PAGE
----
Posts Tagged ‘Romans 12’

Another of my theme verses during this Lenten season is Romans 12:1-2.

Therefore, I urge you, brothers and sisters, in view of God's mercy, to offer your bodies as a living sacrifice, holy and please to God–this is true worship. Do not conform to the pattern of this world, but be transformed by the renewing of your mind. Then you will be able to test and approve what God's will is–his good, pleasing, and perfect will.

Like the passage I noted from Hebrews 12 here, this verse begins with the word 'therefore' which indicates that what came before it must have led to the conclusions that are about to follow. In this case, at minimum, from chapter 8 on (where we also see a section led with the word 'therefore') we must consider that the present verse (12:1) serves as a conclusion or 'so here's what you ought to do with your life' kind of verse. "If everything I said previously is true, then, therefore…" And so it goes.

And chapters 1-8 are heavy, heavy teaching.

Therefore….offer yourselves to God. In view of God's mercy–'For God has bound everyone over to disobedience so that he may have mercy on them all' (11:32)–offer yourselves back to God. Give yourselves over to him. Make a sacrifice back to God–of yourselves. Offer yourselves to God…your bodies. This is the first step. I don't think it means that we are literally to die; I don't think it means we are not literally to die.

I wake up each day and I wonder about what life means and how I am going to manage yet another day…especially after yesterday. The thing is, living sacrifices have a tendency to crawl off the altar. I think the thing here is this: we have to be continually offering ourselves to God. Even after we crawl off the altar. We have to get right back up on top and bring the knife down again. I think anyone reading this, anyone reading who takes Jesus seriously, will agree that dying to the self is very, very difficult. We continue to struggle.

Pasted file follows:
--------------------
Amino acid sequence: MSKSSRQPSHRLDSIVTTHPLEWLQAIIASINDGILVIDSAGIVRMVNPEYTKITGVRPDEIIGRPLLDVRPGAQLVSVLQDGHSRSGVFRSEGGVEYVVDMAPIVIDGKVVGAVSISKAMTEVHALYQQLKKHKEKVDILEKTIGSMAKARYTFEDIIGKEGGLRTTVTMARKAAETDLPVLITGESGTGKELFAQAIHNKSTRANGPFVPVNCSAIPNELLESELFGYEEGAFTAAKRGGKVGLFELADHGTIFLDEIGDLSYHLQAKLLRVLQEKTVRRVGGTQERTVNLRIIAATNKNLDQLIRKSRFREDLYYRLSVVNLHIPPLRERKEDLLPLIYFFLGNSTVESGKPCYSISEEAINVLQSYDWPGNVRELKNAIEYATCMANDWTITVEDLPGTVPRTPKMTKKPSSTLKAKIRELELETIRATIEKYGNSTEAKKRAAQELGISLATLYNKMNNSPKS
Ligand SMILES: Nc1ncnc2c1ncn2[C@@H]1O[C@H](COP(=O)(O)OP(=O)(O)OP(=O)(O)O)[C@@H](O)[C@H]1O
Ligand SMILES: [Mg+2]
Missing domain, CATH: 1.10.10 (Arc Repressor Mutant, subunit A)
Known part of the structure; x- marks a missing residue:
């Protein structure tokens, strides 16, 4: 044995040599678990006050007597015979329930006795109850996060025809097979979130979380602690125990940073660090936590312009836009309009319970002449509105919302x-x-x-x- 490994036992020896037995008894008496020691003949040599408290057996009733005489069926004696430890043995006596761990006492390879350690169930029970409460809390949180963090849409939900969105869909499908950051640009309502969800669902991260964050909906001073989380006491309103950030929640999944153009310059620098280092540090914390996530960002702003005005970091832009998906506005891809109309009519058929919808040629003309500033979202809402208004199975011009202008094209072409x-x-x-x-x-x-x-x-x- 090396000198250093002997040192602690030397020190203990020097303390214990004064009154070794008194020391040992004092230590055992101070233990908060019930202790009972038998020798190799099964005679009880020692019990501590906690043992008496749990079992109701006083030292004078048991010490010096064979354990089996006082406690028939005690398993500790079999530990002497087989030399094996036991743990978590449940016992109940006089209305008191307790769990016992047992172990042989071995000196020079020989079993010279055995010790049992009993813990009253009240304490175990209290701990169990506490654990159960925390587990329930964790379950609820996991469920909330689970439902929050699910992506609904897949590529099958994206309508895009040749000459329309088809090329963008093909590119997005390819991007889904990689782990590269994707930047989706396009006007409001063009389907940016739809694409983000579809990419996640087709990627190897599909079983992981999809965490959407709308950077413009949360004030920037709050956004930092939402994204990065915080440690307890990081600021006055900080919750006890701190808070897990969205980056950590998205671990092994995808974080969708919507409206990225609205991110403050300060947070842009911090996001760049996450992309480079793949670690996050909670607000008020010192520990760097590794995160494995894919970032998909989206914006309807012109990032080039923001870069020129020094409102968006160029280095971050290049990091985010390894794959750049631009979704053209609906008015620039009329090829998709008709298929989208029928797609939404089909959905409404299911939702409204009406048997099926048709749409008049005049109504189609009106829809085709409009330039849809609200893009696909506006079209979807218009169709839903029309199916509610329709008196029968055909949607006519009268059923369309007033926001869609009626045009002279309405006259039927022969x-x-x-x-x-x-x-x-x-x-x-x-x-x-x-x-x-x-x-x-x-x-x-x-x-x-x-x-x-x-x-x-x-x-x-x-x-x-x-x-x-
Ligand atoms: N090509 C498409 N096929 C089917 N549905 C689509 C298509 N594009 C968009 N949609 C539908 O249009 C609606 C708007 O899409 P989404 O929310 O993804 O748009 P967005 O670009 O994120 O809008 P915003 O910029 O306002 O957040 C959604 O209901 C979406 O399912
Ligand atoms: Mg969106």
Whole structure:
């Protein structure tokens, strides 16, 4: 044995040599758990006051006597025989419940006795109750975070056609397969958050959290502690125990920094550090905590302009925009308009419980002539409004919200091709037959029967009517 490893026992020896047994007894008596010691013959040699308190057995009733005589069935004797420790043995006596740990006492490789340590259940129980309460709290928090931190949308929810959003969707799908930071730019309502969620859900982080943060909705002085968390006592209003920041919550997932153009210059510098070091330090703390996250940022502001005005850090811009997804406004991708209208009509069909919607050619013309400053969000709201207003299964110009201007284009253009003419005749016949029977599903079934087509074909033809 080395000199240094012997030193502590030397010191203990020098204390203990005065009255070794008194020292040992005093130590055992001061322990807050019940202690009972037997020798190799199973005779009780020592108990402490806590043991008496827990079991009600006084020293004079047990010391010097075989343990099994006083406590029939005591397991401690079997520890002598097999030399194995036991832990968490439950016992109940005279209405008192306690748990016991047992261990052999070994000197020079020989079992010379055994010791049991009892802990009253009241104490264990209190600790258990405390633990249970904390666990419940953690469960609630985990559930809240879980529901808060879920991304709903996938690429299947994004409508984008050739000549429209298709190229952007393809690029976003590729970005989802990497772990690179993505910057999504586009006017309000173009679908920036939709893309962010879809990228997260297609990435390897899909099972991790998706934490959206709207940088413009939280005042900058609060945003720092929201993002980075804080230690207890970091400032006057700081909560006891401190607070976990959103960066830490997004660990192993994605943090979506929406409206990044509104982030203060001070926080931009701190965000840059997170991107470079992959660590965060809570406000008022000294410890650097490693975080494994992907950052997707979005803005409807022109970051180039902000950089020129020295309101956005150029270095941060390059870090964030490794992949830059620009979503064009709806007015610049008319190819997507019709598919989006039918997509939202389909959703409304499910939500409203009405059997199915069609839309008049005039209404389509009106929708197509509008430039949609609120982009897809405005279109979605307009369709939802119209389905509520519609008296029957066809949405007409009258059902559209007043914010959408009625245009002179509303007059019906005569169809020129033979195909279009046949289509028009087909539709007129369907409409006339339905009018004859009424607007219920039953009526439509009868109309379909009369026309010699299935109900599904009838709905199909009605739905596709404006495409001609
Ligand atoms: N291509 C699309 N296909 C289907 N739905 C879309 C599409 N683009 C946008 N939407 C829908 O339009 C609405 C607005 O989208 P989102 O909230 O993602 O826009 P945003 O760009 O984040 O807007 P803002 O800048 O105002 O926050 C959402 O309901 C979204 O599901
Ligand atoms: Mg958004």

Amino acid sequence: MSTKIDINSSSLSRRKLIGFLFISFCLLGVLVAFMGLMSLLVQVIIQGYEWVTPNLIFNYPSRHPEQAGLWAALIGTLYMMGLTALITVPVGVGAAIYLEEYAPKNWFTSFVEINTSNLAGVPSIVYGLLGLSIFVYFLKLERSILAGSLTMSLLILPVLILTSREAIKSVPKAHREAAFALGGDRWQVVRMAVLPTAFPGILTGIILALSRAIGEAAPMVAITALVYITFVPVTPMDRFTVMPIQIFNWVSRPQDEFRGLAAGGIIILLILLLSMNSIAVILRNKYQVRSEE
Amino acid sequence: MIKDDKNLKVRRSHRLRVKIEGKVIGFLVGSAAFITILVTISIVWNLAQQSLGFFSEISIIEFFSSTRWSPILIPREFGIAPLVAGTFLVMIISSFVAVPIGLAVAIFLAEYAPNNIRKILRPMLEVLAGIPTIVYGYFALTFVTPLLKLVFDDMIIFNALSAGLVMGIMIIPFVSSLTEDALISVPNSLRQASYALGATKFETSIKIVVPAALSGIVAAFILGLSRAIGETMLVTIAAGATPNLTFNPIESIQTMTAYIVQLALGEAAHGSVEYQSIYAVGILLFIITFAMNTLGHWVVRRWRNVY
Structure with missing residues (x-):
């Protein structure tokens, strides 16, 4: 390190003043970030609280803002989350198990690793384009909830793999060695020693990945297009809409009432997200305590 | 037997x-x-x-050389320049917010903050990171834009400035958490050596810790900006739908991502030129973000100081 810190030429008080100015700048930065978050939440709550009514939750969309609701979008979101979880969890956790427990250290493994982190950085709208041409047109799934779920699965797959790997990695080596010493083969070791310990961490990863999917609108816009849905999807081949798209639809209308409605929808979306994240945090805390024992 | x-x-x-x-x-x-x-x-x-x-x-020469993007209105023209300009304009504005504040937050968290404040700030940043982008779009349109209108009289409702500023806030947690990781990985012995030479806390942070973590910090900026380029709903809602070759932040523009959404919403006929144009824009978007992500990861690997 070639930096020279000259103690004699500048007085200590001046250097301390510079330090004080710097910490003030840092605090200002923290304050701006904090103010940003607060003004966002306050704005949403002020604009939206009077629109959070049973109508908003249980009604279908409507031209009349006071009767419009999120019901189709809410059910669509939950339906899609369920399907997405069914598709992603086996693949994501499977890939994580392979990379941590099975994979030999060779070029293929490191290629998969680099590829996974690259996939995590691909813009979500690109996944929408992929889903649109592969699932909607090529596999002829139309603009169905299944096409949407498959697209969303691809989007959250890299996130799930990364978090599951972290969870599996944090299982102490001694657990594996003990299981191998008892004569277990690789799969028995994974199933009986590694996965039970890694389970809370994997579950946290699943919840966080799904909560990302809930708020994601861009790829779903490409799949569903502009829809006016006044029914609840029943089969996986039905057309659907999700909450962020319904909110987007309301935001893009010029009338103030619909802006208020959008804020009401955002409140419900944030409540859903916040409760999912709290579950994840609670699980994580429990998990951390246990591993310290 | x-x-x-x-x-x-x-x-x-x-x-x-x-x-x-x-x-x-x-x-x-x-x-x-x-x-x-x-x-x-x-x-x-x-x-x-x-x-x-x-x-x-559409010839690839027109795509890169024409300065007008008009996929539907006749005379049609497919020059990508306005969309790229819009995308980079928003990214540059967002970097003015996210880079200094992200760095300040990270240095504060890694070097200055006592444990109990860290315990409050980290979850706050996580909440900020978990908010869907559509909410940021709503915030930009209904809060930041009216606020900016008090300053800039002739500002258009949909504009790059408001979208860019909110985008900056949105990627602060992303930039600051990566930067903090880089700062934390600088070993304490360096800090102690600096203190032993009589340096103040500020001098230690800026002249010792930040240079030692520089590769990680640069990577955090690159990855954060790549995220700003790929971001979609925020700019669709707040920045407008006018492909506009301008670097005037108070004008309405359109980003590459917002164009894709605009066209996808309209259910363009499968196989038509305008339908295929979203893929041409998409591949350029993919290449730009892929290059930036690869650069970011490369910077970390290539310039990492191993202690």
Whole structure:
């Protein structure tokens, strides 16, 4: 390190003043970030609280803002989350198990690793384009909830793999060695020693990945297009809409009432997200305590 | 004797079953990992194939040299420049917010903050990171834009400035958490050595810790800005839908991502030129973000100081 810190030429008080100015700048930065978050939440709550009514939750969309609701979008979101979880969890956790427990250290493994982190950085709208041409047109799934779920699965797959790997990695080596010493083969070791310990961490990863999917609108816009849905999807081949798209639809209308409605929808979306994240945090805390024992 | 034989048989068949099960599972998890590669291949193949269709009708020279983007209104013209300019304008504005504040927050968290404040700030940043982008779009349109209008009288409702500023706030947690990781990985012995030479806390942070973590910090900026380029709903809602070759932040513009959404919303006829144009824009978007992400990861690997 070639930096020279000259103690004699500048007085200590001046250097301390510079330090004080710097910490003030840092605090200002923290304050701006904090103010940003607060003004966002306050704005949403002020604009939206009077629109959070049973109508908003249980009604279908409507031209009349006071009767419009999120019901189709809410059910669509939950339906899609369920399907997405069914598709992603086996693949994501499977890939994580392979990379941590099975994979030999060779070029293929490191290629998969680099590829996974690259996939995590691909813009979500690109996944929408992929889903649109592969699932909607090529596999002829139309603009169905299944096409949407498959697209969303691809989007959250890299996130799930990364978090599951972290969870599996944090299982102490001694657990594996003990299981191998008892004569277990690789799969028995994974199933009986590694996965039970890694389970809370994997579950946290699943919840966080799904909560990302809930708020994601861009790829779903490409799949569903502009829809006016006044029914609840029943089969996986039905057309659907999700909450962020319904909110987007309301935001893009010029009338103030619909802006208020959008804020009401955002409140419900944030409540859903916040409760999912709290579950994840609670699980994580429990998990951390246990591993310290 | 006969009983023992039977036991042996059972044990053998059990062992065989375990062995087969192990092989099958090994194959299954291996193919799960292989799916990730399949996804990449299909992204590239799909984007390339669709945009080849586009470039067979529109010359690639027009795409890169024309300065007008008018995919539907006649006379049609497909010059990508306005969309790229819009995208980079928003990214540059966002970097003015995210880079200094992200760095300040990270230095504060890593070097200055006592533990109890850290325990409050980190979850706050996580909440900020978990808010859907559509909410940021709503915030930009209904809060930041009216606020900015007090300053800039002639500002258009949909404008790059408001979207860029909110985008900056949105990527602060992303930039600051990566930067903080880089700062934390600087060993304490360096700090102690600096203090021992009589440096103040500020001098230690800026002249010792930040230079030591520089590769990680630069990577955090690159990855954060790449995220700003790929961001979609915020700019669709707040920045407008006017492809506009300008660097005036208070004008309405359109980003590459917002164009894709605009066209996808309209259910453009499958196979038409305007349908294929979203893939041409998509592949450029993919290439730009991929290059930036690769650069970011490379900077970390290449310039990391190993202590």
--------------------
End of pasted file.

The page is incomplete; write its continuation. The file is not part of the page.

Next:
One of the hardest things for me to recognize and confess is this: I will always be a sinner. This will never change as long as I am encased in this corrupt flesh. What can I do? I'm starting to really understand this constant struggle….this wanting to be near Jesus every minute…and knowing every same minute that I am a sinner and that I will continually fall, fail, and forget that I want to be near Jesus every minute. We are walking paradoxes. It probably doesn't bother us enough that we are to worship God in this way–you know, asked to offer ourselves as living sacrifices who are prone to crawl off the altar.

Living. This is key, isn't it? We are to die each day we are living. I take this to mean that every second after we fail is another second we have to offer ourselves back to God. So long as we are alive…living…we are to offer ourselves to him; holy and pleasing.

So Paul goes on to write this, "Do not conform to the pattern of this world, but be transformed by the renewing of your mind. Then you will be able to test and approve what God's will is–his good, pleasing, and perfect will."

There are a lot of ideas floating around the world just now–as there always has been. It is very easy to just go with the current and conform to the thought patterns and processes in this world. It is very easy to succumb to the valueless values of this world. It is very easy to give up and become another drone forgetting to whom we belong. And every single minute of every single day our minds are bombarded with the latest philosophy or idea that is making the rounds. I am finding that, frankly, all of this clouds my mind and makes understanding God's will profoundly difficult. So much media, day in, day out is stifling me. If I may be honest, it is killing me slowly because the brain is flexible and susceptible to conform to whatever we allow into it.